How One Extraordinary Life Touches Every Ordinary Life

I am working on a project about the “Extraordinary Story” that Christ’s life tells. A story not just about his life, but also about mine, and yours.

When I first started to take Jesus Christ seriously, I devoured Life of Christ books, and I loved the different approaches they took. Fulton Sheen’s and Alban Goodier’s were devotional, saying, “Isn’t he amazing?” Frank Sheed’s and Romano Guardini’s were theological, saying, “Look at his depths!” Some reveled in the Holy Land and history, saying “Here’s exactly what he saw and did” Others grappled with skeptics’ complaints and said “Aha! But his claims are true!”

Life of Christ books led me to read the Gospels, daily, where I began developing my own Christ-centered understanding of the universe — or my personal universe, at any rate.

In my 20s, I developed the maxim: “The four Gospels have the answer to every problem in life.”

I was constantly testing that maxim in my own life, and with anyone who shared a problem with me. “To figure out what to do, look at the advice Jesus gives — but more importantly, look at what Jesus does. How he acts and reacts.”

This worked for everything from family squabbles (see Martha and Mary, the man with the inheritance, and others) to troubles at work (see the parable of the vineyard workers or the unjust steward). He delivered the goods on romance (his “leave and cleave” advice and warning about lust) and even travel (travel light!).

But then, life got tough, and the Gospel answers grew awkwardly silent.

When I faced my mother’s slow, dehumanizing death by A.L.S., my old Gospel answers started feeling unsatisfying. When the clergy sex abuse scandals hit my community, hard, the answers started feeling wrong.

That was the first of a number of faith crises I would face as my life reached more maturity and my faith strained to keep up. Deeper questions started to show up, underneath the superficial ones I faced before.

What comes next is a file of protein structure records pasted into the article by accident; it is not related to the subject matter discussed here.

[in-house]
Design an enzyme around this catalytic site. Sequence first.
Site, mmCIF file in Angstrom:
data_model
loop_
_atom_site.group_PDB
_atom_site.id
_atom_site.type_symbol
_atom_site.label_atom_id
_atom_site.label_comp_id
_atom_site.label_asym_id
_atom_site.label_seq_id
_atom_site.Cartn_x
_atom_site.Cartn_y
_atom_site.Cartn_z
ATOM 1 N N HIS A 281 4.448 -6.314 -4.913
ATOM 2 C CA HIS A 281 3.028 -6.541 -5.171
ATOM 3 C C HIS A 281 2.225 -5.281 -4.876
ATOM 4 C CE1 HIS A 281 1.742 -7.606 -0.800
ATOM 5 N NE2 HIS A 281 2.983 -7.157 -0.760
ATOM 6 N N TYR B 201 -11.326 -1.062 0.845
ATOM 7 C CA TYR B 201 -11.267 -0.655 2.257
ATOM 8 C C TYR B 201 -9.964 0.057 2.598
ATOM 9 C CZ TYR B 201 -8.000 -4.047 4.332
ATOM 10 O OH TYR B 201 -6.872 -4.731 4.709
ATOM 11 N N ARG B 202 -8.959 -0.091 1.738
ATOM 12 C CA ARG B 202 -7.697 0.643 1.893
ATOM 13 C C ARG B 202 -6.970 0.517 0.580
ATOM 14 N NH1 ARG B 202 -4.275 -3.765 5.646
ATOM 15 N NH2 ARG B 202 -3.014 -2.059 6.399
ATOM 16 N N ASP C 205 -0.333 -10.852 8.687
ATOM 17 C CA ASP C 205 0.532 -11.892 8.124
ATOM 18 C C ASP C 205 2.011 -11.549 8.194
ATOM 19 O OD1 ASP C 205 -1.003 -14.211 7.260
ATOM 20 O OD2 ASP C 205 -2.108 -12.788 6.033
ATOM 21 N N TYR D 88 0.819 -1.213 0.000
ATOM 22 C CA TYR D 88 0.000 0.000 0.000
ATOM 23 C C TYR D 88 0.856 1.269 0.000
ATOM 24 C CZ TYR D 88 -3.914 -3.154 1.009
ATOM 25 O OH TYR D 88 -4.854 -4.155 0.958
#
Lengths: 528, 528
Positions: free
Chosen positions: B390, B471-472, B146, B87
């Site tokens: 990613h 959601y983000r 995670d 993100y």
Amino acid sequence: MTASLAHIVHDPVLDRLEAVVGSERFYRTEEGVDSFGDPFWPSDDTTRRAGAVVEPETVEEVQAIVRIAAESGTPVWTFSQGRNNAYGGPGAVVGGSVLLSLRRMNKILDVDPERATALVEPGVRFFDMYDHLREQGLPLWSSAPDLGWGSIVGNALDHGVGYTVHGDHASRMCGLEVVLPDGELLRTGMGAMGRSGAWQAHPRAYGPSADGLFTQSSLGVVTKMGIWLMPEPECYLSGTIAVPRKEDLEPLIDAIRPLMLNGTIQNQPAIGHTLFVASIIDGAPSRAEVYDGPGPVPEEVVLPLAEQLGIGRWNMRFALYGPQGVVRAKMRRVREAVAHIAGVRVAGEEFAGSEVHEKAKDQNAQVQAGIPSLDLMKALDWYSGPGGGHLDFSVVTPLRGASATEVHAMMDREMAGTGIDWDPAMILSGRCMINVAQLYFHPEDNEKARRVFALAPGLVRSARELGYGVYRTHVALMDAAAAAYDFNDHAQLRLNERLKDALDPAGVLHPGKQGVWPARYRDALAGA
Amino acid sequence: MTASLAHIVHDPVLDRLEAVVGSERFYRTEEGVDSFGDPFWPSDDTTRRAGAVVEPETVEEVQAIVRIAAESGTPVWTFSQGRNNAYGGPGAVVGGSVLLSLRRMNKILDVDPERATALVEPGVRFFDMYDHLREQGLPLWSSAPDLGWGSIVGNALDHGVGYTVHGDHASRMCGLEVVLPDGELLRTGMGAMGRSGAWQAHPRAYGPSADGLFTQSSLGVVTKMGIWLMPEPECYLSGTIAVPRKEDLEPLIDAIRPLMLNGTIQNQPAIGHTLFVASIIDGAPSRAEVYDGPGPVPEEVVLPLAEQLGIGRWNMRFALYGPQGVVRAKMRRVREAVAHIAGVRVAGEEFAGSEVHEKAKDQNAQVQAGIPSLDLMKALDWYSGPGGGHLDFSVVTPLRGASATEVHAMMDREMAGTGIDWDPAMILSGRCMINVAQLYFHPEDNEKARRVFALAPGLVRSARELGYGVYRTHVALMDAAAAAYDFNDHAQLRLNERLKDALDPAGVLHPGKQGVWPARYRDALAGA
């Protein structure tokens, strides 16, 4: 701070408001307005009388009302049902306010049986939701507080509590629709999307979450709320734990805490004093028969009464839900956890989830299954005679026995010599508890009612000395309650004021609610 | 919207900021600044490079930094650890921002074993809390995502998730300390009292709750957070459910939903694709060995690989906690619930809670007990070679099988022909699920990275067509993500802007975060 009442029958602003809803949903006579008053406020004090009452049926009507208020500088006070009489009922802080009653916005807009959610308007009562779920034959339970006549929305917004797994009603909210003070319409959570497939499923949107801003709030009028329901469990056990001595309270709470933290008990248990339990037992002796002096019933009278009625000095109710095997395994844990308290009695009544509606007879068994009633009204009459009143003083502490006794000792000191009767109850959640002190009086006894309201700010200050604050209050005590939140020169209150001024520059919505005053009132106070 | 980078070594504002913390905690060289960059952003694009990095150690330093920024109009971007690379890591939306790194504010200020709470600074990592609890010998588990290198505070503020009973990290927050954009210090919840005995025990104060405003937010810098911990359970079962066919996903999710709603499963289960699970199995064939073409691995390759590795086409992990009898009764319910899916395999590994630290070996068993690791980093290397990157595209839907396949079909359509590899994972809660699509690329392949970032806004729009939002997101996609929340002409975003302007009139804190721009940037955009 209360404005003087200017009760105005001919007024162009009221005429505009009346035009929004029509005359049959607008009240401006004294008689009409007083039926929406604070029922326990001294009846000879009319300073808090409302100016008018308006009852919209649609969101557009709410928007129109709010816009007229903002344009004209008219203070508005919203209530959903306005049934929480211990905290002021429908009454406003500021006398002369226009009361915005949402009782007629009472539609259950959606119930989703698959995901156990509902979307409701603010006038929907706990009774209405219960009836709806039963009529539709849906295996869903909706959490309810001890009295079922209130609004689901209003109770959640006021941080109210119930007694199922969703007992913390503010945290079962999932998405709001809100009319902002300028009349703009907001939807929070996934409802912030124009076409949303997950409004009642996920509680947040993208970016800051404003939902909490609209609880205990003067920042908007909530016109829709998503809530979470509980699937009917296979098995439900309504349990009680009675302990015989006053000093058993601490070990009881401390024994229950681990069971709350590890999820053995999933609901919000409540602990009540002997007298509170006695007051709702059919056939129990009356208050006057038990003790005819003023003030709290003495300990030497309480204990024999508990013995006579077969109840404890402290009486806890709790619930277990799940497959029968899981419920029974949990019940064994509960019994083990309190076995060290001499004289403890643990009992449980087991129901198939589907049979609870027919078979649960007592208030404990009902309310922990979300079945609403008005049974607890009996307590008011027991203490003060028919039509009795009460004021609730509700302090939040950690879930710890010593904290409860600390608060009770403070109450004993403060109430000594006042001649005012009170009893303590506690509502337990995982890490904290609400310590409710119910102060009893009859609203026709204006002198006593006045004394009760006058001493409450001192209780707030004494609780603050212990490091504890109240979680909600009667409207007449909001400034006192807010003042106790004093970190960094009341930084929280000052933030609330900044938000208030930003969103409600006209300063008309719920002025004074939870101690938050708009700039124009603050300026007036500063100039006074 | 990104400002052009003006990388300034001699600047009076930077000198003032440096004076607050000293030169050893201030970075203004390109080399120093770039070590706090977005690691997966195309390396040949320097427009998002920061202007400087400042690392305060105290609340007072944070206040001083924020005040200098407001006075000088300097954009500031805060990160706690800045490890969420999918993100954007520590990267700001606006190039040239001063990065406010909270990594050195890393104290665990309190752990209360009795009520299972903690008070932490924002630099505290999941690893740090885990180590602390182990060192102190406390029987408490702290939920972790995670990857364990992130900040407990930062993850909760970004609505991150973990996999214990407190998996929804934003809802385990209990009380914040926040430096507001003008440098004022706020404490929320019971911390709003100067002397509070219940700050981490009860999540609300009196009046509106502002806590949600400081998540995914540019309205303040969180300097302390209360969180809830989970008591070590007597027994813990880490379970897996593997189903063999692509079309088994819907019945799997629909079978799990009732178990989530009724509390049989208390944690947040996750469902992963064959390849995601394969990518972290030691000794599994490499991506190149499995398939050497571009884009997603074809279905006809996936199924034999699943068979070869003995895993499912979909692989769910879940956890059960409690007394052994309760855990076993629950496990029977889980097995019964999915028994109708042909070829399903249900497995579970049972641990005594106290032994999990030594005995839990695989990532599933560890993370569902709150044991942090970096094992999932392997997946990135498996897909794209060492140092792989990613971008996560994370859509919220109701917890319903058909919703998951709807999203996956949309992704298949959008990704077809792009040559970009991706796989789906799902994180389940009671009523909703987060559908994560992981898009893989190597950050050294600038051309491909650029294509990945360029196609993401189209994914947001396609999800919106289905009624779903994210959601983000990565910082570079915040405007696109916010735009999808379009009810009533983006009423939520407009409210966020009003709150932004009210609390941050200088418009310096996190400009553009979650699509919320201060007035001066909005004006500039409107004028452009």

I knew the Church had told me “You can accept evolution if you want, or bracket it off if that makes things easier.” Suddenly, I found I couldn’t bracket it any longer.

I was discovering things about the human brain, and the strange maladies it can suffer, changing the way it perceives the world. I was also learning amazing things about animal brains, and how animals use tools, to communicate, self-sacrifice, and more.

I began to ask: What is so special about human beings?

I got an invaluable gift by working at Benedictine College, giving me a floor full of theologians to bother.

I would sit down in a theologian’s office, say, “Do you have a sec?” and then pummel them with questions. One day, it was the efficacy (or not) of baptism: “Just what does it do, anyway? And why does it seem to do so little in so many people?” Another day, it was the meaning of the redemption: “Why did he need to ‘redeem’ us if he is already the Lord of all?”

Above all, I wanted to know about St. John Paul II’s (and Vatican II’s) phrase “Jesus Christ reveals man to himself.” That sounds nice. But what does it mean? How come, in my life, it doesn’t feel at all like that actually happens?

Questions about personal identity began to take the foremost place in my mind.

One after another, the world seemed to be dropping all the old ways of answering the question, “What makes human beings human?” and “What makes me, me?”

I began reading voraciously on the subject, from every angle: evolution, neuroscience, consciousness, epigenetics. I greatly benefited from having two leading Catholic scholars on such questions — theologian Matthew Ramage and philosopher James Madden — within 100 yards of my office.

The result is “The Extraordinary Story,” a podcast, for now, that goes through Christ’s life in order and asks of each event: What does this say about what it means to be human, and what does it say about what it means to be me?

All of that is a tall order, and I’m still struggling with these questions. 

But in 11 episodes so far, I think I have come up with at least a few helpful directions this ongoing inquiry can take. Check out “The Extraordinary Story” — find the angsty first episode here — to see what I’ve come up with, for now.

Click here to see all episodes of The Extraordinary Story on Ex Corde.

This appeared at Aleteia.

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Tom Hoopes

Tom Hoopes

Tom Hoopes, author of The Rosary of Saint John Paul II and The Fatima Family Handbook, is writer in residence at Benedictine College in Kansas and hosts The Extraordinary Story on Ex Corde. A former reporter in the Washington, D.C., area, he served as press secretary of the U.S. House Ways & Means Committee Chairman and spent 10 years as executive editor of the National Catholic Register newspaper and Faith & Family magazine. His work frequently appears in Catholic publications such as Aleteia.org and the Register. He and his wife, April, have nine children and live in Atchison, Kansas.